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Boks bask in glow of City of Light after final contested by two best teams on the planet

Liam Del Carme Sports reporter
The Springboks' Pieter-Steph Du Toit with the The Webb Ellis Cup and his family after South Africa's win against the All Blacks in the 2023 Rugby World Cup final at Stade de France in Paris on Saturday night.
The Springboks' Pieter-Steph Du Toit with the The Webb Ellis Cup and his family after South Africa's win against the All Blacks in the 2023 Rugby World Cup final at Stade de France in Paris on Saturday night.
Image: Dan Mullan/Getty Images

The Springboks basked in the glow of the City of Light's north after they edged the All Blacks 12-11 in a tense, wet and thoroughly absorbing Rugby World Cup final on Saturday night.

Pyrotechnics lit up this famous stadium after the Springboks were presented the cup for a record fourth time but it was dim by comparison to the flashpoints that helped bend the course of an enthralling final.

Again the margins were tight. The Boks earned one-point wins over France and England in previous rounds but it says much of the back-to-back champions' resolve that they again got to be on the right side of the scoreboard.

Some may be inclined to call it luck, but there is little doubt the Boks are a devilishly difficult team to beat.

“They had three close games in a row and they came out the right side. They must be doing something right,” remarked a proud but disappointed All Blacks coach Ian Foster.

As you'd expect his team proved redoubtable adversaries. They showed great tenacity and resolve after captain Sam Cane was shown a yellow card in the 29th minute, which was upgraded to red in the 34th.

The Boks, though, when he was banished, were already in the ascendancy. In fact, his dismissal, as is often the case in these situations, served to galvanise the All Blacks.

The Boks' defence was put to the test and survived a few close calls, most notably perhaps when Kurt-Lee Arendse hauled in try-bound Rieko Ioane.

For most of the match the Bok defence was like the walls of the Bastille. However in Mark Tele'a New Zealand have an escape artist who might show notorious prison escapee Ananias Mathe a clean pair of heels. He evaded three Bok defenders before Beauden Barrett pounced on a loose ball to bring the All Blacks within a point and very much into the contest in the 59th minute.

Crucially Jordie Barrett missed the conversion and a later penalty to earn the Boks a reprieve.

Handré Pollard, by contrast, kicked four first-half penalties to end the tournament blemish-free off the kicking tee after making his belated entry.

It was the Bok defence, though, that had to show courage and commitment in the face of the All Blacks onslaught. In that regard Pieter-Steph du Toit was again immense. He reprised his role from the 2019 tournament by this time, going in pursuit of black-clad ball carriers. He made a staggering 28 tackles, most of them shuddering as the All Blacks found the going tough in the wet.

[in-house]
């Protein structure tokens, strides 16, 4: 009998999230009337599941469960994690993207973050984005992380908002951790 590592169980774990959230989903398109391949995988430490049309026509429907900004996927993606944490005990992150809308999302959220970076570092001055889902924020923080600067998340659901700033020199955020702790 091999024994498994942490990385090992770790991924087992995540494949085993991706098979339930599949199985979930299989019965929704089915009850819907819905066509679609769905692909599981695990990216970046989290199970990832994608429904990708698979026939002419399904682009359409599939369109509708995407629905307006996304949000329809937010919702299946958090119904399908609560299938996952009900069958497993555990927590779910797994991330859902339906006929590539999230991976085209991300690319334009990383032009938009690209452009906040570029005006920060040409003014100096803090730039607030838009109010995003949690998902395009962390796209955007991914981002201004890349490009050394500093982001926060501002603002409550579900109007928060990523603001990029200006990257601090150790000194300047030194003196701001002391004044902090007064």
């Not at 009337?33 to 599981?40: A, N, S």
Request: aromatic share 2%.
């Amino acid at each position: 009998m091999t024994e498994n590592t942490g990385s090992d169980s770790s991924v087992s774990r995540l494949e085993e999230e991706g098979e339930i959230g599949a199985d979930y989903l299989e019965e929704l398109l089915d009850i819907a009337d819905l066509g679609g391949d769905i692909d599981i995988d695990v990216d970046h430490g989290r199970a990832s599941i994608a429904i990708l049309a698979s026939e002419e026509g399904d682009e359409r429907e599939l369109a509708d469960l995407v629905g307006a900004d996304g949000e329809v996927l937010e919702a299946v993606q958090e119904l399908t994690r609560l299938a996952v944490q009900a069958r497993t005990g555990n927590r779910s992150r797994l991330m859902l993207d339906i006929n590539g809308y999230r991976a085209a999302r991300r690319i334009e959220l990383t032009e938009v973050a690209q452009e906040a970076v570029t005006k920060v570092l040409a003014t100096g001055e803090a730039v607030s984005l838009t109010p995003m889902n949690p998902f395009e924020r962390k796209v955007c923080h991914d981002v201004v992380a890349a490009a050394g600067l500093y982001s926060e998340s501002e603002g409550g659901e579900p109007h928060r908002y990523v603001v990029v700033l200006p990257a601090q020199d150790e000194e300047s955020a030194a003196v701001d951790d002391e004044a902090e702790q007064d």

It deservedly earned him the man of the match award.

“He was phenomenal,” said Springbok coach Jacques Nienaber. “Defence is my department and he was exceptional. In the last couple of games he wanted it so desperately, as did the others.

“He put himself in the right positions. I always joke that if there is a white plastic bag that blows across a field he'll probably chase that down as well. The Malmesbury Missile, he was like a machine.”

It was far from plain sailing for the Boks, whose decision to go with a seven/one bench split was put to the test almost from the outset. They lost hooker Bongi Mbonambi very early, which affected the deployment of their bench.

Deon Fourie stepped up but the Bok line-out came under almost immediate strain. In fact, it became a huge concern as the crafty All Blacks continued to deny the Boks a platform from which to launch.

“If you’d asked me which injuries we wouldn’t like early on, it would be Bongi and Faf [de Klerk]. But that’s the decision we made with the squad we selected. There is always risk involved but we mitigated that,” Nienaber said.

“I don’t know how many line-outs we lost but with Deon Fourie, if there are maybe 16 line-outs in a game, there are 120, 150 rucks in a game, and he makes 20 tackles. Sometimes the line-outs he loses, he makes up for it in other ways.

“At whatever age he is — 37 — to put in a shift like that is special. I have coached Deon since he was 20 years old and I always knew he had that dog in him.”

Perhaps it was a bit of mongrel that made the difference. There will be highly contested talking points galore in the aftermath.

This final brought together two heavyweights who matched each other in a slug fest.

What was undisputed wasn't so much which one won, as the irrefutable fact that the final was contested by the two best teams on the planet.

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